promotes the spiritual, moral, cultural, mental and physical development of pupils at the school and of society
- prepares pupils at the school for the opportunities, responsibilities and experiences of later life
The national curriculum is just one part in the education of every child. There is time and space in the school day and each in week, term and year to range beyond the national curriculum specifications.
All state schools are also required to make provision for a daily act of collective worship and must teach religious education to pupils at every key stage.
Changes in the National Curriculum
In September 2014, the Government introduced a new National Curriculum, with a great deal of fresh content and ambitious expectations of learning. It is designed to provide children with the essential knowledge, skills and understanding that they require as citizens of Great Britain. In addition, the National Curriculum provides statutory programmes of study for each subject, stating which content should be taught to pupils in each stage of learning so that it is in line with end of year expectations.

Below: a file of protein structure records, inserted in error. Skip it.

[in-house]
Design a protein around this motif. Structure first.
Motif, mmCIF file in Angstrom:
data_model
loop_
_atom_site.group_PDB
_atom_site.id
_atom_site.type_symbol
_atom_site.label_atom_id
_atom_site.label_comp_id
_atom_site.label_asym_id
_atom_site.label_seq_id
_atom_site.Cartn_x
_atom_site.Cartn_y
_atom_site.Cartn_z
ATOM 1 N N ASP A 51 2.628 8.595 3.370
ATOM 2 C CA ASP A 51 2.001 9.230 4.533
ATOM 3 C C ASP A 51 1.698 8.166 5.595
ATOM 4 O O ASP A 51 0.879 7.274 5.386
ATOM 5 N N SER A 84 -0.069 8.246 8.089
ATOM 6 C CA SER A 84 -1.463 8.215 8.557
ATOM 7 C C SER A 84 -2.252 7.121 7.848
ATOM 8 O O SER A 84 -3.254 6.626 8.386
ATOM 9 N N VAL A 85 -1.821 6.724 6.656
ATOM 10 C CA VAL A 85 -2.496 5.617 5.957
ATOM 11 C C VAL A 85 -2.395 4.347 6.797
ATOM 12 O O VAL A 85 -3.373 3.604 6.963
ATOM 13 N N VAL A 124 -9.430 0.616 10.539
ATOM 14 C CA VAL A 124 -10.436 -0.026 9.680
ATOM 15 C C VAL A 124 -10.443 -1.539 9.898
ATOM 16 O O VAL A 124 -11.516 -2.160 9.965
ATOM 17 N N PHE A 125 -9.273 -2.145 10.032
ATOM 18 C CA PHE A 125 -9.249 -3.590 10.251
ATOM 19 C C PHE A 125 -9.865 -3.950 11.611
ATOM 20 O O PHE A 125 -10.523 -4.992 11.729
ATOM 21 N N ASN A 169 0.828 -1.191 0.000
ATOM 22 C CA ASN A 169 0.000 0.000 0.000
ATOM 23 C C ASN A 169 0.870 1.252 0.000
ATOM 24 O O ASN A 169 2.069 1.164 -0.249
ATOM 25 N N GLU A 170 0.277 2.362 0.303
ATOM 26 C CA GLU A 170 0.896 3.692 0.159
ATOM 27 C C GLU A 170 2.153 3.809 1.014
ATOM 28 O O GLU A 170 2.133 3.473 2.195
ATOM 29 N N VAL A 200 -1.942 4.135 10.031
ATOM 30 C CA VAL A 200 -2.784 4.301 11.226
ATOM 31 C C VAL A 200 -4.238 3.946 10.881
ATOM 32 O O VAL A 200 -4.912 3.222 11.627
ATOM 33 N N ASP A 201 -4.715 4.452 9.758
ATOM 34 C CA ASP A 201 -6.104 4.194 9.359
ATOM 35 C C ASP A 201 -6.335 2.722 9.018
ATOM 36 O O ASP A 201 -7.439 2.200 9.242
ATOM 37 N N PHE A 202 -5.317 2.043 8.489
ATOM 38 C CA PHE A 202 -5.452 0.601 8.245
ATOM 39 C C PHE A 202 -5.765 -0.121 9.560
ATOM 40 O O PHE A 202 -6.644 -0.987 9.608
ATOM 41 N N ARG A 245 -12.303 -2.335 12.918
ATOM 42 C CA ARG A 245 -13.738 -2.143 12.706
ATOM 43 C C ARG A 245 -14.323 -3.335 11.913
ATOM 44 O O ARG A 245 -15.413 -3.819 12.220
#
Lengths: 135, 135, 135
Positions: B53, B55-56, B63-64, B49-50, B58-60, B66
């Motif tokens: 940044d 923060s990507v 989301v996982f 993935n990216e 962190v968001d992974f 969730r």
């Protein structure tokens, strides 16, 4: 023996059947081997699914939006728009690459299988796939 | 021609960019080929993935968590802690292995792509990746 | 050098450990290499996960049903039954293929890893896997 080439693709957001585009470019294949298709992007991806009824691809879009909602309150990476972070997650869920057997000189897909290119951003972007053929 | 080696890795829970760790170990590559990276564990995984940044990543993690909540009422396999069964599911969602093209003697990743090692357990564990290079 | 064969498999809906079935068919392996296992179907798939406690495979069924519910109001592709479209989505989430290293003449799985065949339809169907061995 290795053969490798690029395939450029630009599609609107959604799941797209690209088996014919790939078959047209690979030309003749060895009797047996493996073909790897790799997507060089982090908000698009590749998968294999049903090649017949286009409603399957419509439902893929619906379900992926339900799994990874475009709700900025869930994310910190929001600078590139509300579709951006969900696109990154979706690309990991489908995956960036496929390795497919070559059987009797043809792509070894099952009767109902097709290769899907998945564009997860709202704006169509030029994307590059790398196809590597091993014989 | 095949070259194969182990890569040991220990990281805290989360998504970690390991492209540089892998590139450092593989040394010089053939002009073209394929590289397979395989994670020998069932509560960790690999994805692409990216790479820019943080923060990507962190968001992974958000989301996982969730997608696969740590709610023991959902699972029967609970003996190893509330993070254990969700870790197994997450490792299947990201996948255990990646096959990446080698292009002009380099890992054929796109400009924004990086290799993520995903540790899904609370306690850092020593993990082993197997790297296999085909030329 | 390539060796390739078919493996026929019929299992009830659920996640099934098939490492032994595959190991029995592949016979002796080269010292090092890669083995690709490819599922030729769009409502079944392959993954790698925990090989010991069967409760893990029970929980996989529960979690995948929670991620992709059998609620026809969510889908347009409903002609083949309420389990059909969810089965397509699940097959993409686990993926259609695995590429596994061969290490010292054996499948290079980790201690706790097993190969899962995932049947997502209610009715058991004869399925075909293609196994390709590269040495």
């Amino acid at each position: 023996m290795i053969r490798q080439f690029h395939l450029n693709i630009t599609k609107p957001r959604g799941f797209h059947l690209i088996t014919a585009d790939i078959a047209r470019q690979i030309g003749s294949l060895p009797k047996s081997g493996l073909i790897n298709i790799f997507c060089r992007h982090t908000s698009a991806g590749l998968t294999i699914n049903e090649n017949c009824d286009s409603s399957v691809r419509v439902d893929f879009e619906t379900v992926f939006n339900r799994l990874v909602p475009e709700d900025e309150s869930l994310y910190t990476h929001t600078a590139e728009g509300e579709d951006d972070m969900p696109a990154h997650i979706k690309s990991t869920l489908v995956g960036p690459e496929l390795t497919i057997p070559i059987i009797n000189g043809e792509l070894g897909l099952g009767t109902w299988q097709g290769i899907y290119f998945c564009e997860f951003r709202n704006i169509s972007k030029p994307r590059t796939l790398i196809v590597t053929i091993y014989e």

The Chris Quigley Essentials Curriculum
We have chosen to follow the Chris Quigley Essentials Curriculum which sets out essential coverage, learning objectives and standards which are required for all subjects. Furthermore, it provides progress measures for all subjects including personal development.
One of the primary reasons why we have chosen to adopt this curriculum is because it emphasises the importance of developing the depth of children’s learning. In essence, this means providing children with increased cognitive challenge, allowing them to apply the skills which they have learnt independently in a range of contexts rather than moving them onto the next skill needlessly when they have not truly mastered it. Such thinking is encapsulated in the scenario below:
The picture above shows the child diving at a deep level of learning
At Christ Church, we want to challenge our children to become independent, well-round individuals who take ownership of their learning and become deep thinkers. Moreover, we want our children to be able to apply their knowledge and skill set in a range of contexts within school and real life.